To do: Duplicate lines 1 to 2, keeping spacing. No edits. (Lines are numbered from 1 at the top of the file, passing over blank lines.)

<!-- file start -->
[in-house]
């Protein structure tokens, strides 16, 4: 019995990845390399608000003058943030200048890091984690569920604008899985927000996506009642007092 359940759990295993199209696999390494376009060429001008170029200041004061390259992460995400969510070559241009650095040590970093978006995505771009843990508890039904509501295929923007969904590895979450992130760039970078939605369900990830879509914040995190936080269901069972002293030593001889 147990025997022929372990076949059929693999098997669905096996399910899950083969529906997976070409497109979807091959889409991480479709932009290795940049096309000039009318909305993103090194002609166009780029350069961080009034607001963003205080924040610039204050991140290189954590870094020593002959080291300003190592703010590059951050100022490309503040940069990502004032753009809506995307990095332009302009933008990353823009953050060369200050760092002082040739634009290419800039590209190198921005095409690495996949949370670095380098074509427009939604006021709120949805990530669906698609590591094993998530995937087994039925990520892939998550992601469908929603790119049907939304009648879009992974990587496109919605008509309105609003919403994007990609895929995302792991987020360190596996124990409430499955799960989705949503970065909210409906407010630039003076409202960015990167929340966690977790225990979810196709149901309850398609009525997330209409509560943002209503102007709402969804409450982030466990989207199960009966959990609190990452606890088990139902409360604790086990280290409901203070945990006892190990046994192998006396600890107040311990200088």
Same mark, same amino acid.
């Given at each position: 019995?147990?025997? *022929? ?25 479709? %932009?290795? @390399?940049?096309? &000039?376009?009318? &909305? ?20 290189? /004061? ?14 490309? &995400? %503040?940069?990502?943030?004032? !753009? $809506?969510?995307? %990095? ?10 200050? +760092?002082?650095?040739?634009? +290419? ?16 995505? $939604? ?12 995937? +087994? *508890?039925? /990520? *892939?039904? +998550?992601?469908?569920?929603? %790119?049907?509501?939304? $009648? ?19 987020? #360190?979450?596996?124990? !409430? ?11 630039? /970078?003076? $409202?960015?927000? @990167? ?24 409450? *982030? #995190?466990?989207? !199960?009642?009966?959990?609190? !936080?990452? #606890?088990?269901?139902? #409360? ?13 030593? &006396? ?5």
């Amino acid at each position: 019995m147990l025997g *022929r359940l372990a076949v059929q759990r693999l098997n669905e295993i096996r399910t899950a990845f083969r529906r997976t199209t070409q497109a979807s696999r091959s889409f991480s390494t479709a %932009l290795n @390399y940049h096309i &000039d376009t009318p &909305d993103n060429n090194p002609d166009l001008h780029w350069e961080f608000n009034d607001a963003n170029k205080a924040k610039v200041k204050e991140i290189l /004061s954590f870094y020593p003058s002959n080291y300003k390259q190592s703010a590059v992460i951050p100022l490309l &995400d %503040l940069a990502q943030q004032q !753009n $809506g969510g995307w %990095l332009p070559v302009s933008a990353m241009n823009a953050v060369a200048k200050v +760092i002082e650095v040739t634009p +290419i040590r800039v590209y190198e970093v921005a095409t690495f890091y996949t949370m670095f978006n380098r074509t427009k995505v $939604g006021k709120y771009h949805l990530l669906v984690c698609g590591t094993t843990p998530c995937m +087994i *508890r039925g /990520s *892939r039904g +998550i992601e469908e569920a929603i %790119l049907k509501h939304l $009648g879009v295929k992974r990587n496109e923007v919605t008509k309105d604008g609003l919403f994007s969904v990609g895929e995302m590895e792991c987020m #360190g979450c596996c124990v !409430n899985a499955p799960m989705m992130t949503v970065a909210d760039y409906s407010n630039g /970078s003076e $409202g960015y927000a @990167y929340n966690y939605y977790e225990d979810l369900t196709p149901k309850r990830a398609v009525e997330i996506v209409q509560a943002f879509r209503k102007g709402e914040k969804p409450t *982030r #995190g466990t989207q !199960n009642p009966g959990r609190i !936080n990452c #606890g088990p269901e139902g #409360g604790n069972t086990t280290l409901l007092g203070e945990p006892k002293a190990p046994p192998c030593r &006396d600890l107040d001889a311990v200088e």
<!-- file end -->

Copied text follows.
[in-house]
């Protein structure tokens, strides 16, 4: 019995990845390399608000003058943030200048890091984690569920604008899985927000996506009642007092 359940759990295993199209696999390494376009060429001008170029200041004061390259992460995400969510070559241009650095040590970093978006995505771009843990508890039904509501295929923007969904590895979450992130760039970078939605369900990830879509914040995190936080269901069972002293030593001889 147990025997022929372990076949059929693999098997669905096996399910899950083969529906997976070409497109979807091959889409991480479709932009290795940049096309000039009318909305993103090194002609166009780029350069961080009034607001963003205080924040610039204050991140290189954590870094020593002959080291300003190592703010590059951050100022490309503040940069990502004032753009809506995307990095332009302009933008990353823009953050060369200050760092002082040739634009290419800039590209190198921005095409690495996949949370670095380098074509427009939604006021709120949805990530669906698609590591094993998530995937087994039925990520892939998550992601469908929603790119049907939304009648879009992974990587496109919605008509309105609003919403994007990609895929995302792991987020360190596996124990409430499955799960989705949503970065909210409906407010630039003076409202960015990167929340966690977790225990979810196709149901309850398609009525997330209409509560943002209503102007709402969804409450982030466990989207199960009966959990609190990452606890088990139902409360604790086990280290409901203070945990006892190990046994192998006396600890107040311990200088």